February 25, 2012
Building a bed-rock sense of personal identity shaped by “not-perfect-but-enough” does not come easily. For one reason, acquiring this self-knowledge requires us to think and act in opposition to a cultural myth.
Our American culture insists (at least in our public pronouncements) that in this society there are no set perimeters to self-realization. We say that we can become whatever (or whomever) we wish. In this society, we say, anyone can become President, provided that the individual works hard enough. Privately, however, we are likely to add that powerful connections, the gift of gab, and a well-heeled PAC always help. Personally, when not required to follow the company line, we acknowledge that our own life history has taught us that limitations are an inevitable part of the human experience.
At some levels we are rather fond of this idea of limitless possibility as it exists in our cultural mythology. While the idea functions as a cherished, widely-held belief, in fact it reflects wishful thinking. The concept of unlimited individual potential simply cannot square with the process of human development as we presently understand it, and even less with our knowledge of the structure and functioning of the human brain.
These limitations are embedded in complex, interactive factors that are too great to be numbered, many of which lie yet beyond our ability to identify, explain or to control. Nevertheless, most of us understand that we cannot simply decide to be a world-class athlete or musician (or a saint, for that matter), and by our “deciding” make it so.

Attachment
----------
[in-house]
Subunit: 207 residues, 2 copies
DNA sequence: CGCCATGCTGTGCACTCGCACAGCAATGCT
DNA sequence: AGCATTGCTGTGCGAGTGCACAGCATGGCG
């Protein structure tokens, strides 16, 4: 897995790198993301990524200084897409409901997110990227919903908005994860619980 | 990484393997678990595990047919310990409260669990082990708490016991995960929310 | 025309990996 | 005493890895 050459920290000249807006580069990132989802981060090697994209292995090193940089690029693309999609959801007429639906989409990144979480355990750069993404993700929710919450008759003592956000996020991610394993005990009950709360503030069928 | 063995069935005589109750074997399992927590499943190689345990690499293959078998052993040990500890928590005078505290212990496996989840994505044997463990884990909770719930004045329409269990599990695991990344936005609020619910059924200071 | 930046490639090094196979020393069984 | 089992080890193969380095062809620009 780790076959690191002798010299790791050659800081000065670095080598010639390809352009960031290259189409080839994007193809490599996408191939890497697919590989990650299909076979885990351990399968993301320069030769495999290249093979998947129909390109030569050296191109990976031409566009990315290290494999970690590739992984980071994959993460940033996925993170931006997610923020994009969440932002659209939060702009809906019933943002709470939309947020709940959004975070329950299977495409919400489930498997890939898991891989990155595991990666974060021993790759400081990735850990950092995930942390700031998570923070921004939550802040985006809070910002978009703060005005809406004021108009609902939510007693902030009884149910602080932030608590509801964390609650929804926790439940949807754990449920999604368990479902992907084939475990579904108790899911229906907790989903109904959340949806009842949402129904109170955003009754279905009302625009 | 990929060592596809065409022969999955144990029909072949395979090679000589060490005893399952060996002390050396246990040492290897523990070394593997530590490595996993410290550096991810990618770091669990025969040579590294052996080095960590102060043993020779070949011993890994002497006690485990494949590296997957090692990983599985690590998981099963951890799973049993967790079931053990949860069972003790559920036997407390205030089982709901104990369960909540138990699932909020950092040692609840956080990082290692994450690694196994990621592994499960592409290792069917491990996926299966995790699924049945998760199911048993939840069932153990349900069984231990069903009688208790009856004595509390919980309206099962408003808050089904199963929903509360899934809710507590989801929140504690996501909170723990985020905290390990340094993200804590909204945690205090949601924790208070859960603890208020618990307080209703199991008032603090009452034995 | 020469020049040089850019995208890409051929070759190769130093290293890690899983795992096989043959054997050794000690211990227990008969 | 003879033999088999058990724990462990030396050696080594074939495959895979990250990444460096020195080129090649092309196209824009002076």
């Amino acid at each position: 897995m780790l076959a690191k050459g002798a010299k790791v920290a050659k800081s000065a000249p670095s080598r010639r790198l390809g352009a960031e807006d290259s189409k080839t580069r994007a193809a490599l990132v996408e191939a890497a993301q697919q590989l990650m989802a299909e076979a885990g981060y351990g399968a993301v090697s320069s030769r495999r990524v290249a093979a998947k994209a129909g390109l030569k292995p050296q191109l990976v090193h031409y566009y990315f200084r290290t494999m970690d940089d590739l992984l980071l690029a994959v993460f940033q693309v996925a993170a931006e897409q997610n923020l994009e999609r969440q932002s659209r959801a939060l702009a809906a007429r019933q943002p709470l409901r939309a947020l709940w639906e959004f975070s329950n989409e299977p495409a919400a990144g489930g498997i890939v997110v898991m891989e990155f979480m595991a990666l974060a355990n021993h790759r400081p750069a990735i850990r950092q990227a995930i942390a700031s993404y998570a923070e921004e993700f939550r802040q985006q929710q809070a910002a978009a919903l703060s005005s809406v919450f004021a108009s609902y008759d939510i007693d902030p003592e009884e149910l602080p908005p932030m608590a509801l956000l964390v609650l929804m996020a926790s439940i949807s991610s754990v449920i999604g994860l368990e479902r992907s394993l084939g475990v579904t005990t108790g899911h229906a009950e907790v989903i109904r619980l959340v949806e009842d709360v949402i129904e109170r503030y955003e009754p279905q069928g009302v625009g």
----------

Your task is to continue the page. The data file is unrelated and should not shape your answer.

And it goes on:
Indeed, the very act of “deciding” at a conscious level is in some ways an illusion. In his recent book, Incognito (2011), David Eagleman* describes consciousness as the tip of the iceberg that is the human brain. Eagleman goes on to describe what he calls the secret lives of the brain and the astonishing extent to which our sense of ourselves and our patterns of behavior are controlled by activities of the brain that lie beyond our conscious control. Reading Incognito is an eye-opening experience, and can be slightly alarming for individuals highly invested in seeing themselves as possessing unlimited autonomy. And for the individual committed to living in the light of biblical texts, Incognito raises interesting questions about our understanding of the function of the Holy Spirit, and the Spirit’s gift of self-control (Gal. 5:22-23).
However disconcerting it may be, it is a fact that all of us carry out our quest for “enoughness” in an environment in which our power to influence and to control is limited. The nature and extent of the limitation may open to debate, but the limitation per se remains very real. Similarly, our search for “enoughness” occurs in bodies in which unconscious processes influence our sense of reality and our responses to a far greater extent than we realize (or may like). In this context our goal of acquiring the bed-rock wisdom of not-perfect-but-enough becomes difficult, but it is not impossible. The challenge—and opportunity—of choice remains, with its risk as well.
Said simply, the first step in self-knowledge requires awareness and acceptance of the limitations of our humanness—acting within the context of understanding that, as an individual, my sense of enoughness must co-exist with the reality of the personally-not-perfect.
How do you define not-perfect in your life? What are your synonyms for not-perfect? Sin? Failure? Just-a-mistake? No-big-deal? Things-to-be ignored? Bummer-don't-talk-about-it? What-everybody-else-does-too?
Thinking with you this week about the temptation to confuse not-perfect with it’s-a-total-disaster-so-I-can’t-do-anything.
I’ll be out of state next week so I’ll see you on March 11.
**David Eagleman is a neuroscientist at Baylor University College of Medicine.